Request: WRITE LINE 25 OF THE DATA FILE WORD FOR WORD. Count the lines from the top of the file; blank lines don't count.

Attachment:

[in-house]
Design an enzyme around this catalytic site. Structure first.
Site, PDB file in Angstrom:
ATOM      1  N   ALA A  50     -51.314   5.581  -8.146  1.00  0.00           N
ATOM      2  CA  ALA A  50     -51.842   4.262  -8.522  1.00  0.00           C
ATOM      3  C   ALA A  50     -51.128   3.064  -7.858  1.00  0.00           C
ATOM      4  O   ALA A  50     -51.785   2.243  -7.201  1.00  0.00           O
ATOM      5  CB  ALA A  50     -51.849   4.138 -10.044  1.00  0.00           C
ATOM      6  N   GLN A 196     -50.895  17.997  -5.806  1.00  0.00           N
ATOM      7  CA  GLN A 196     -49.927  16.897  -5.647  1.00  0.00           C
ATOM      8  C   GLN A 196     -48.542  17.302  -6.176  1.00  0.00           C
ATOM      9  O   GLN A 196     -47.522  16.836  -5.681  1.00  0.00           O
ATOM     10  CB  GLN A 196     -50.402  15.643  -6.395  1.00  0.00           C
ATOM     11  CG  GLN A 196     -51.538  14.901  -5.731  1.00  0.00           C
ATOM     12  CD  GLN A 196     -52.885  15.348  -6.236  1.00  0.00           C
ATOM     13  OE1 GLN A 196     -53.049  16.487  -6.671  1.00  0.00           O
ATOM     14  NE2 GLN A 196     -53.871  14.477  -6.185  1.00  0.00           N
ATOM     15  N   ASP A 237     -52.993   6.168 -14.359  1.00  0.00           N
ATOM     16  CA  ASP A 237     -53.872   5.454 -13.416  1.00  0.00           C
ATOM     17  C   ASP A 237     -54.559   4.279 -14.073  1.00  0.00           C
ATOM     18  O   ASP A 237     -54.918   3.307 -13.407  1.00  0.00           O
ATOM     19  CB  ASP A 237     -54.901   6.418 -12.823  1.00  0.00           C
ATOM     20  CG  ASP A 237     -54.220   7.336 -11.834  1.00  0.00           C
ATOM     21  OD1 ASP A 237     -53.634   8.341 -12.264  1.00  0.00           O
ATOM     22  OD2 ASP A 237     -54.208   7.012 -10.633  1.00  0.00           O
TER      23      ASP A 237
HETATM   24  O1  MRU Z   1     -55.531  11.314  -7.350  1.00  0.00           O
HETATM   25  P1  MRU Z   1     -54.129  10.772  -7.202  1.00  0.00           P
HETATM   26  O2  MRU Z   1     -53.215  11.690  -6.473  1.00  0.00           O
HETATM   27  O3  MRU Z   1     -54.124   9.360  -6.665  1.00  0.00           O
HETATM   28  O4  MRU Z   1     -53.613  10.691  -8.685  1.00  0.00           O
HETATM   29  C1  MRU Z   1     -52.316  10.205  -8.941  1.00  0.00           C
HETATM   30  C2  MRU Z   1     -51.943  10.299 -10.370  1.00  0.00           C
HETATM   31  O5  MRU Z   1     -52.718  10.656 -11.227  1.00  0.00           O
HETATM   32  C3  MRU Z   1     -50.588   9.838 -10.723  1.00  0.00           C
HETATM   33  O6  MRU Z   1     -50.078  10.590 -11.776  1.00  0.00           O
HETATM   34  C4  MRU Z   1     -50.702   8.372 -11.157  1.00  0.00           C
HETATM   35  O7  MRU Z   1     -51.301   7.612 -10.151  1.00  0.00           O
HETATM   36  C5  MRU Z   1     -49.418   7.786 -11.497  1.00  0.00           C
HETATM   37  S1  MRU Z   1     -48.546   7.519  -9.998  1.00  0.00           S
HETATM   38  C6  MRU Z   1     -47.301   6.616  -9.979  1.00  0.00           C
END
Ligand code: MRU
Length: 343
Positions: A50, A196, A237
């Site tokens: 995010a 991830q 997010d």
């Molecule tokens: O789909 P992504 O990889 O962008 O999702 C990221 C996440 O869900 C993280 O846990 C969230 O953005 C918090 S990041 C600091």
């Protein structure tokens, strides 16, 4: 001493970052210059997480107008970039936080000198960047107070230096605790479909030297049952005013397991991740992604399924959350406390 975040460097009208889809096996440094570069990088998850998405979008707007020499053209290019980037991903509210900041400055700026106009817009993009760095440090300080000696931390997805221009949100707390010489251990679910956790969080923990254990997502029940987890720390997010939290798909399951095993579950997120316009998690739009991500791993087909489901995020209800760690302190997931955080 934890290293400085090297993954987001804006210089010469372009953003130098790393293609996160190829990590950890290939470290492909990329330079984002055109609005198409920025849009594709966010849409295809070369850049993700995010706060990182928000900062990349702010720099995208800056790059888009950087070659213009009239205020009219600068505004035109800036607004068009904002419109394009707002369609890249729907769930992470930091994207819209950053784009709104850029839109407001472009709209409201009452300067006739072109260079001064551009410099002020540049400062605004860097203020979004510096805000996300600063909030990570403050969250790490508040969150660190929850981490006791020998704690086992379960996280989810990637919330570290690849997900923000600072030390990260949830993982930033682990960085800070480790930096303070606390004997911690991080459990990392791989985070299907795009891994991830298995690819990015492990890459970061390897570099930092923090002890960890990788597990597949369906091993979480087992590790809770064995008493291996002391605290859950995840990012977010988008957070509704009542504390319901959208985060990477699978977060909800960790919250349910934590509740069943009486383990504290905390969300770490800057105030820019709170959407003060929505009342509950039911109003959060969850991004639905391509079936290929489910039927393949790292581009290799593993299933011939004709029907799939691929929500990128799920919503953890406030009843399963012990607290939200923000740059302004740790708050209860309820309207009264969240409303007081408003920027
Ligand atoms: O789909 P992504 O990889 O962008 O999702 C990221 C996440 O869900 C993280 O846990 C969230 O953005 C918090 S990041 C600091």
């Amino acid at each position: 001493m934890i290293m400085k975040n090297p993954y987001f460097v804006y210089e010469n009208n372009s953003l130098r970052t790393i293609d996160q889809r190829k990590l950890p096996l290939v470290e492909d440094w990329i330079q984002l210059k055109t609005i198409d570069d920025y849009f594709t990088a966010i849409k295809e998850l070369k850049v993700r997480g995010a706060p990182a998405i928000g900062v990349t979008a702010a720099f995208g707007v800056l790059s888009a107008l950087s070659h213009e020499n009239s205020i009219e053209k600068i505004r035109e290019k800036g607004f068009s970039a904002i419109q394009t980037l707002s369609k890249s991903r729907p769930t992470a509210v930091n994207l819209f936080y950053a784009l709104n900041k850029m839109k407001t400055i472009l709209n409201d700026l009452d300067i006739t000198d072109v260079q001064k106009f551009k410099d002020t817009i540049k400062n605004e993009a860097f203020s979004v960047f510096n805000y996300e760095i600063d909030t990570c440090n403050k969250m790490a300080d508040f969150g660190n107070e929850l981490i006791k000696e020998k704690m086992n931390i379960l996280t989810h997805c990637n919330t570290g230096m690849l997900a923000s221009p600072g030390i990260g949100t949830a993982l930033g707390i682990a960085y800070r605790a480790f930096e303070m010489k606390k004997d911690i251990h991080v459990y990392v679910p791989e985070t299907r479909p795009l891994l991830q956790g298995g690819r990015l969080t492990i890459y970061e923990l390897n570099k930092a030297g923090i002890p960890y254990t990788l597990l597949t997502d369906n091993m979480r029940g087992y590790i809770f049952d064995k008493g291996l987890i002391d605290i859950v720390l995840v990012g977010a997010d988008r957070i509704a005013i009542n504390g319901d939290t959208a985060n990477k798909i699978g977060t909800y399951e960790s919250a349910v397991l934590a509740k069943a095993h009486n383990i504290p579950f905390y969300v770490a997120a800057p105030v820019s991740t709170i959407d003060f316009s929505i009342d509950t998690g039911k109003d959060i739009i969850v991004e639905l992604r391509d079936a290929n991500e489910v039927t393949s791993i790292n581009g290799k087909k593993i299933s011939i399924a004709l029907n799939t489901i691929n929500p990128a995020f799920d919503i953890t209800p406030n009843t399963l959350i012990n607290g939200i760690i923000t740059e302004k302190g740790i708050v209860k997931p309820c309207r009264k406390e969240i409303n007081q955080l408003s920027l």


ATOM     22  OD2 ASP A 237     -54.208   7.012 -10.633  1.00  0.00           O